Hypothesis 3: Individual learning styles contribute significantly to predicting success in both treatment conditions.
Hypothesis 4: The increase in social approach behavior will mediate the effect of the TG-APP versus APP condition.
The design of the planned bi-centric randomized controlled superiority trial will be based on a within-between interaction group design with three groups (WLC, APP, TG-APP) and parallel group assignment. The primary outcome criterion is the change in symptom severity of SAD, as measured by the Liebowitz Social Anxiety Scale (LSAS) [21, 22]. It will be assessed by trained, blinded, independent raters at pre-treatment, post-treatment, and 6 months after post-treatment (follow-up). The planned allocation ratio for TG-APP vs. APP only vs. WLC will be 1:1:0.7.
Design and sample size
We conducted a simulation-based a priori power analysis for a 3 × 2 interaction (group ( time) in a linear mixed model for the primary outcome of SAD symptom severity (according to the LSAS), using the R package “simr” . The analysis is based on a model including a random intercept for participants, a moderate effect size of Cohen’s d = 0.5 for the treatment effect in the APP condition, and a large treatment effect of Cohen’s d = 0.8 for the TG-APP condition compared to the control group (implying a small effect in favor of TG-APP between both treatment conditions).
We chose these effect sizes as conservative estimates based on the results of a recent meta-analysis reporting moderate effect sizes in ICBTs for SAD . Comparable to Stolz et al. , we decided to recruit different sample sizes for the control and treatment conditions, because treatment effects compared to the control group were assumed to be larger than between the two treatment conditions.
We based our power analysis on an iterative simulation of increasing sample sizes with starting values of n = 30 for the control condition and n = 50 for each of the treatment conditions, increasing stepwise by one participant per condition. The variance of the random intercepts and residual variance was set to 0.5 respectively . Because missing values due to the dropout of participants were planned to be imputed by the jump to reference method (J2R) , the reference being the control condition, we reduced our expected effected sizes by multiplying them with the term (1—dropout-rate). Given a dropout rate of 26% at post-treatment evaluation in the study by Stolz et al.  and a pooled post-treatment dropout rate of 26.2% in a meta-analysis of studies using smartphone apps by Torous et al. , we chose a conservative estimate of 30% post-treatment dropout for the APP condition and multiplied the expected effect size of 0.5 by 0.7, equaling to d = 0.35. For the TG-APP condition, we expected a lower post-treatment dropout rate of 20% due to the additional guidance by a therapist and multiplied the expected effect size of 0.8 by 0.8, equaling to d = 0.64. Based on 500 simulations of the linear mixed model fitted with the expected effect sizes, we obtained the power of finding a statistically significant interaction of group × time based on a likelihood ratio test, compared to finding only main effects, and the 95% confidence interval for this estimate, for increasing sample sizes. We located the minimum sample size in our results after which the lower bound of the 95% confidence interval did not fall below 80% power, given α = 0.05. This condition was met at n = 41 for the control group and n = 61 for both treatment conditions (power estimate = 84%, 95% confidence interval = 80.0, 87.0). In addition to our study purposes, the app provider intends to use the results of the pilot study and the main study for the licensing process of the app as a digital health product. For this licensing process, a separate statistical analysis will be conducted comparing only the APP condition with the WLC condition, using a t-test for statistical analysis. A corresponding additional sample size calculation revealed the need to recruit 43 subjects in the wait-list control group (WLC). To establish conformity across the planned analyses we adjusted the number of participants for WLC upward to n = 43, resulting in a total sample size of N =165 (see also Fig. 1).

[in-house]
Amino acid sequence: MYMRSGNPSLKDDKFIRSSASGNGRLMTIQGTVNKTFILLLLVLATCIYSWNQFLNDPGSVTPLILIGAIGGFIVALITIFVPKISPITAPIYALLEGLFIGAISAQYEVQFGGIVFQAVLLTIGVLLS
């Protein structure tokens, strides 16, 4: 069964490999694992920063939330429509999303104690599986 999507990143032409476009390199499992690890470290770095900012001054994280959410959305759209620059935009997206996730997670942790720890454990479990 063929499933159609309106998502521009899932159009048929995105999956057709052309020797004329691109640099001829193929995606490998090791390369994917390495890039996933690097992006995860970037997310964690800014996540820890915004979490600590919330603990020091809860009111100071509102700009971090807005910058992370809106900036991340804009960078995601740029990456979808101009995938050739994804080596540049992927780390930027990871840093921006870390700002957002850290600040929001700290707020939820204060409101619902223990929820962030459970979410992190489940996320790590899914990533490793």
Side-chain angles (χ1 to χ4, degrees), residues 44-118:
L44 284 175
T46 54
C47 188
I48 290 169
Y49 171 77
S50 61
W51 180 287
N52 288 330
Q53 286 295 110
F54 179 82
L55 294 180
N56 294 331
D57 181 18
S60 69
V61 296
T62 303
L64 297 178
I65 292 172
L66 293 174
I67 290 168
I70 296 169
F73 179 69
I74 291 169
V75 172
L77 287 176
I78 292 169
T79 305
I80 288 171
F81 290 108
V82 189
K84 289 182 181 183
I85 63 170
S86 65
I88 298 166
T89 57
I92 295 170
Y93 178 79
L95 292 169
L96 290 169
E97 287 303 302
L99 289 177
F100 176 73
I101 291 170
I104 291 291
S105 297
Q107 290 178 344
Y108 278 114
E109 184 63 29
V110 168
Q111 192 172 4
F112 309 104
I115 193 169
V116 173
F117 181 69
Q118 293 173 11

As a robustness check, we additionally conducted a power analysis based on the simulation of a 3 × 3 interaction (group × time) that included the estimated effect sizes at t3 (follow-up assessment), for which we obtained a highly similar sample size.
The study will be conducted in Germany at the outpatient psychotherapy unit of the Clinical Psychology department of the Goethe University of Frankfurt as well as the outpatient psychotherapy unit of the Clinical Psychology department of the Technische Universitaet Dresden and two further CBT training centers in Dresden. For reporting purposes, we followed the SPIRIT reporting guidelines .